SpaceX’s method of reconnecting Tonga after a deadly eruption

On January 15, the Hunga Tonga-Hunga Ha’apai volcano erupted. The explosion and the fallout that followed killed three people and the Tonga archipelago was quickly covered in debris and ash which will probably take months to clean up. That’s not all: the eruption also severed the undersea fiber optic cable that almost the entire country relied on to connect to the internet.

To allow its inhabitants to return to the web quickly, the local authorities have called on a well-known name: Elon Musk and his company SpaceX, whose teams are already on site to try to establish a satellite link with the Starlink network. of American society.

The goal for SpaceX and Starlink is simple: nothing more than getting Tonga’s connectivity back on track while repairs to the undersea cable are complete. The fact remains that the task promises to be difficult: it had indeed taken two weeks to repair a previous break in the cable caused by the anchor of a ship off the archipelago, even though no natural damage resulting from a Volcanic eruption was to be deplored.

Projects in shambles for Starlink

Tonga’s internet outage comes at a bad time for the country, which is also facing a peak in the epidemic that has led to new population containment measures. So schools, banks and shops are closed as the cleanup continues. No one knows what kind of Starlink connectivity SpaceX might be able to provide to the Pacific Islands. The company was indeed not present anywhere in the chain of islands before this attempt.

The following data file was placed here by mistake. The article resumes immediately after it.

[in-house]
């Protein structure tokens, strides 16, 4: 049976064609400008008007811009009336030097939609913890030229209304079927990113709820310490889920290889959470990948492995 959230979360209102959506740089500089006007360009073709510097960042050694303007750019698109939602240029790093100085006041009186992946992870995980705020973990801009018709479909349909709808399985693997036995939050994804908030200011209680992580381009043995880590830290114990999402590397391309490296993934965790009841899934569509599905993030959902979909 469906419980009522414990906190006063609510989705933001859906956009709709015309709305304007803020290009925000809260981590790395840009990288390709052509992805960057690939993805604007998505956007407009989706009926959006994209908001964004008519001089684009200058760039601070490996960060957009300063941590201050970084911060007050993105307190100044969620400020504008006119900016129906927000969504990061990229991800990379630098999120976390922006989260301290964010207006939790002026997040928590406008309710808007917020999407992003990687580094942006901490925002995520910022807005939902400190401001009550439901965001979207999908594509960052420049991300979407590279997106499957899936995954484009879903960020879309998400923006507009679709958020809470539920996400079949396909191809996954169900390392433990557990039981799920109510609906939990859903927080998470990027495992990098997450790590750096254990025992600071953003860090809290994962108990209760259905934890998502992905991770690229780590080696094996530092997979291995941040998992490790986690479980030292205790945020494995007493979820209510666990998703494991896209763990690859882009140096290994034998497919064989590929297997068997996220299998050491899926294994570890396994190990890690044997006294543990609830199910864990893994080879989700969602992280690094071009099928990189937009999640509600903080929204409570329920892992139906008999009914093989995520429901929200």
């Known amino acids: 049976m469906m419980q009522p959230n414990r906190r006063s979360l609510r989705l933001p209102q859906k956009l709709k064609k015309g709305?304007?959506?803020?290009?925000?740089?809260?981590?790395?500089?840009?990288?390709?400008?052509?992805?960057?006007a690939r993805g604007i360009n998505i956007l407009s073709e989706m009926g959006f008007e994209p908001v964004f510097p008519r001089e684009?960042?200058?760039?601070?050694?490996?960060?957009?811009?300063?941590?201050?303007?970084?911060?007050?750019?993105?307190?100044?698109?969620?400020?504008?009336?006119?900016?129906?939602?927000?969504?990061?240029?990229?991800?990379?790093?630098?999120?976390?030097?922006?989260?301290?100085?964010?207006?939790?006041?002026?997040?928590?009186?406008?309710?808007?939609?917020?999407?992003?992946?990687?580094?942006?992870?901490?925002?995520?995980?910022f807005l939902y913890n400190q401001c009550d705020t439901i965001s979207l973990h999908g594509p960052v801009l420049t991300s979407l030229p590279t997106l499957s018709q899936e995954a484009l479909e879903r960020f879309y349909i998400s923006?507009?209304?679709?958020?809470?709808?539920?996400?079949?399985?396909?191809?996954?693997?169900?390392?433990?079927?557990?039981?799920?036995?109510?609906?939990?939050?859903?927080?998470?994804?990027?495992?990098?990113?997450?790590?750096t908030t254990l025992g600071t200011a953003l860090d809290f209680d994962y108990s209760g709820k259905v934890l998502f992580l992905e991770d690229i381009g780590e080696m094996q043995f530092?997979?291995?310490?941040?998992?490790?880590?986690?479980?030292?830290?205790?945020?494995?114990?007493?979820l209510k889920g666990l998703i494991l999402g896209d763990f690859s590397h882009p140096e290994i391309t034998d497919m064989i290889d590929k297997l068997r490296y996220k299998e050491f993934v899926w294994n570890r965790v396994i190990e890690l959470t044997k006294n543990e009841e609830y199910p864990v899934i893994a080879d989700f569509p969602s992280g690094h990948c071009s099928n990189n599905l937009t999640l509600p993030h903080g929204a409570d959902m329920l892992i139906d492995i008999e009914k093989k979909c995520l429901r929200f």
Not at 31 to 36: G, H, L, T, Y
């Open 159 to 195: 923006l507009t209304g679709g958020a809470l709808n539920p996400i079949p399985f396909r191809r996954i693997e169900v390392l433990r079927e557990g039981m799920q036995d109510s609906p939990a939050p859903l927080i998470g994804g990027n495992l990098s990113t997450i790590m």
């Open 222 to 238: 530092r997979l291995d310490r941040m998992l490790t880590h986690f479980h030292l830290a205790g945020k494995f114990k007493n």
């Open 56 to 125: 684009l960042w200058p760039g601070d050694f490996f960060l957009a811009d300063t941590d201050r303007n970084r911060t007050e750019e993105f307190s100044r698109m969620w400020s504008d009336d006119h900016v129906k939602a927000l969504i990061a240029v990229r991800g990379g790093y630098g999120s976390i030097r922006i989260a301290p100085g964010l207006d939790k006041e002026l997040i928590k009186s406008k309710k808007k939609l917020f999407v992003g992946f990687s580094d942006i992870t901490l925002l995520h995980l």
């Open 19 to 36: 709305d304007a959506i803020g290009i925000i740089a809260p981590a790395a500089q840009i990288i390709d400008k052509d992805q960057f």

The attempt to help Tonga recover from a natural disaster comes at an ironic time for SpaceX. Society is itself faced with a very different type of natural disaster. A geomagnetic storm has indeed destroyed or disabled 40 of the 49 recently launched Starlink satellites, showing that even space broadband is not immune to the whims of Mother Nature. It also follows the recent launch of Starlink Premium, a new tier of service that promises to offer subscribers some of the fastest satellite internet access speeds ever, albeit at the steep price of $500 per month.

As it stands, the only active internet connection in Tonga is that used by the local monarchy’s beachfront palace, and adjacent government buildings and resorts, notes the wall street journal. However, this limited connectivity, which is provided by the Digicel group, cannot meet the demand of the whole country. If SpaceX succeeds in quickly setting up a short-term station to bring more of the island chain’s citizens back online, it could prove that the rapidly expanding Starlink satellite network is viable not only in the part of long-term installations, but also as an option during disaster recovery efforts.


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